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PARIS — With the ban on abayas in schools, French President Emmanuel Macron is killing two birds with one stone: He sends a signal to the right and divides the left.
But he also risks opening a Pandora’s box.
The decision to forbid the long, flowing robes worn by some Muslim women has ended a period of hesitation at the top levels of government over its approach to the sacrosanct principle of secularism in France.
The message sent out this week by Macron’s Cabinet was one of resolve and steadfastness. Freshly appointed Education Minister Gabriel Attal said that French schools “were being tested,” while Olivier Véran, the government spokesperson, described the wearing of abayas as “a political attack.”
Attal has argued the government is acting to stem a growing trend of students wearing Muslim dress in spite of a 2004 ban on religious symbols, including the Islamic hijab or headscarf, in public schools.
Bruno Jeanbart, vice president of the polling agency OpinionWay, described the topic as sensitive to legislate on. “What’s a religious sign and what’s just a dress code?” he said in summing up the core of the issue. The government’s new guidelines won’t stop the debate over what’s appropriate garb in schools, he believes.
“It’s only the beginning of the story. We’ll see cases where pupils are refused entry at schools,” Jeanbart said. “If they go to court and win, the question will be: Do we need a new law?”
Friends in right places
The government’s strong positioning on the tricky topic has been noted across the political spectrum — at a time when Macron is looking for new allies.
Although the French president has abandoned any intention of broadening his current coalition to other parties in the wake of his defeat in parliamentary elections last year, he still seeks support from right-wing conservatives as the government prepares sensitive legislation on topics such as immigration.
Those conservatives, who have called for the ban on religious symbols to be extended to universities, predictably hailed the decision. Even the far-right National Rally — which typically keeps it distance from the Macron administration — saluted the government’s move.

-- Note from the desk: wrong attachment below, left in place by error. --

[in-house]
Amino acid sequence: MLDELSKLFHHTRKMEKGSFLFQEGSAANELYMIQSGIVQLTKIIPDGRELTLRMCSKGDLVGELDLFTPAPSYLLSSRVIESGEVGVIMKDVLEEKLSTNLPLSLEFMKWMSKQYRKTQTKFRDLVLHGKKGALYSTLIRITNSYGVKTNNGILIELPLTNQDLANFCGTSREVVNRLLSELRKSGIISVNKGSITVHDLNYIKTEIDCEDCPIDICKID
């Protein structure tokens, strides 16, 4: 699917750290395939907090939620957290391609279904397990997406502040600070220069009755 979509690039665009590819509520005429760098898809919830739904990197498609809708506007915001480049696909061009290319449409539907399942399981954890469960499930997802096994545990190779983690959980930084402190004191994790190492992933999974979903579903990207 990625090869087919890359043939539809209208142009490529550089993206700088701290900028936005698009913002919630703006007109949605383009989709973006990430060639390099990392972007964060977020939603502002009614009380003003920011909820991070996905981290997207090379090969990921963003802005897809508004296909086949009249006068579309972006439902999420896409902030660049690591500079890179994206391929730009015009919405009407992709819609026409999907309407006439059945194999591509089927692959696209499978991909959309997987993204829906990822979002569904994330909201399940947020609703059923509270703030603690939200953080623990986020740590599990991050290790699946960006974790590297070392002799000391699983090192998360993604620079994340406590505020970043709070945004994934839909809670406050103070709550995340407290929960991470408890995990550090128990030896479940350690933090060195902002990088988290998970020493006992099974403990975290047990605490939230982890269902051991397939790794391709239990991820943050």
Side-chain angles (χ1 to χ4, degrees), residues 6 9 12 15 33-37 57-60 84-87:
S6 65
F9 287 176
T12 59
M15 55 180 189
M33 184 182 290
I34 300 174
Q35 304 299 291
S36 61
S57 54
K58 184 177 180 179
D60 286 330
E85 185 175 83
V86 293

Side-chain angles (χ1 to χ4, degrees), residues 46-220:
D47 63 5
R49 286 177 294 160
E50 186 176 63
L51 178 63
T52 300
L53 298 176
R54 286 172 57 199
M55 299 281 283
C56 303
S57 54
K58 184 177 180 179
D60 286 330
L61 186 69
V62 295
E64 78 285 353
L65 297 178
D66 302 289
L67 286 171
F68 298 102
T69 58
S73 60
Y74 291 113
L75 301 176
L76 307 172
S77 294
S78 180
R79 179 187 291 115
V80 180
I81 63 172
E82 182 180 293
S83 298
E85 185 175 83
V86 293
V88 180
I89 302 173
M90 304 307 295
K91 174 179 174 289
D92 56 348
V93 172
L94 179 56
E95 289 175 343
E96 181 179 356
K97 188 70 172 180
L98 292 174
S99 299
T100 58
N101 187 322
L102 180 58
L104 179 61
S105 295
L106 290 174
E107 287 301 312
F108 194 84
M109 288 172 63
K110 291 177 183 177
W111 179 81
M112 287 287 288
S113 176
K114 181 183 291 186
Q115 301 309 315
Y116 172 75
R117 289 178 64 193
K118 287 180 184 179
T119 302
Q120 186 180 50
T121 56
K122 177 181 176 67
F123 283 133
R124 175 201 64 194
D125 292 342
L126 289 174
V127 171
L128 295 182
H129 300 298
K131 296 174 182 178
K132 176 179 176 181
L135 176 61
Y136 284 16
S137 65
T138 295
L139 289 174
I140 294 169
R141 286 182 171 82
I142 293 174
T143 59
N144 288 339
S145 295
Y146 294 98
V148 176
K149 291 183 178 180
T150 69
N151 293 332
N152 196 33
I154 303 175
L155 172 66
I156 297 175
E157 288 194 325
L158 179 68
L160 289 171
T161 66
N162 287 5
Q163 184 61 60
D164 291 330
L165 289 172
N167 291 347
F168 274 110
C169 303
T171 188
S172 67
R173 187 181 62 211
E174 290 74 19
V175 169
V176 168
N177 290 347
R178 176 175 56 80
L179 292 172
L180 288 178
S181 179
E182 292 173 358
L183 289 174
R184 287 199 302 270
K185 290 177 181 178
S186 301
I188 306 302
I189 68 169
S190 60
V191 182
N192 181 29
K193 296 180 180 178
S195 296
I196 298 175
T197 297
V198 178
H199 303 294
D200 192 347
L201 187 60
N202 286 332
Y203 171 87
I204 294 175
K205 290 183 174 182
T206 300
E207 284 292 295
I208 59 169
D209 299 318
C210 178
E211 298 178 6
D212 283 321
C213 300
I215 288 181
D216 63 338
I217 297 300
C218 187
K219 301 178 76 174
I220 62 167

Tough-talking on secularism is likely intended to convey the signal that Macron’s liberal Renaissance party is capable of changing and making concessions on issues that are the mainstay of the right.
At the other side of the political spectrum, the decision has sparked indignation on the left, with far-left France Unbowed parliamentarian Clémentine Autain accusing the government of trying to “police” women’s clothing.
But not all French leftists reacted with disapproval, exposing internal divisions on secularism within the left-wing Nupes coalition. The socialists and communists have both welcomed the ban, in line with the parties’ secularist past and opposition to the influence of the Catholic Church.
On Wednesday, Macron is meeting opposition party leaders, except those from the far-right National Rally and the far-left France Unbowed, to discuss what he vaguely describes as a “broad political initiative” to find common political ground.
Tracking public opinion
Broad political support for the ban also reflects public opinion in France firmly on the side of keeping state schools secular. According to a recent IFOP poll, 77 percent of French people are “opposed” to religious signs in secondary schools, while just less than half the population say they are “very opposed” to it.
A 2004 law banning the Islamic headscarf in schools firmly established secularism in education, putting tensions around the topic to rest at the time. But these flared again after the beheading of a French teacher in 2020 amid a spate of terrorist attacks in France and neighboring countries.
Attal’s predecessor, former Education Minister Pap Ndiaye, failed to set out a clear position on secularism and declined to ban the abaya in schools, leaving this to the discretion of school principals.
Attal, appointed in July, is seeking to break from Ndiaye’s stance, according to Jeanbart. “Ministers are sensing more and more people are against abayas in schools, and they have to act, because if they don’t it’ll be another argument to vote [for far-right Marine] Le Pen,” he said.
Yet behind the signaling and the tough-talking, the government may be on shaky legal ground.
“It’s very risky to extend the definition of what is a religious sign, especially when those [who wear abayas] say it’s a cultural, not a religious, garment,” said Lauren Bakir, a Strasbourg University academic who specializes in law and secularism.
According to Bakir, the restriction of religious freedoms in the name of secularism have been founded on legal and constitutional grounds. “And as we further erode these freedoms, we are faced with decisions that are becoming more and more political,” she said.
The France Unbowed party has already announced it will challenge the government’s new rules in the courts.
(Except for the headline, this story has not been edited by PostX News and is published from a syndicated feed.)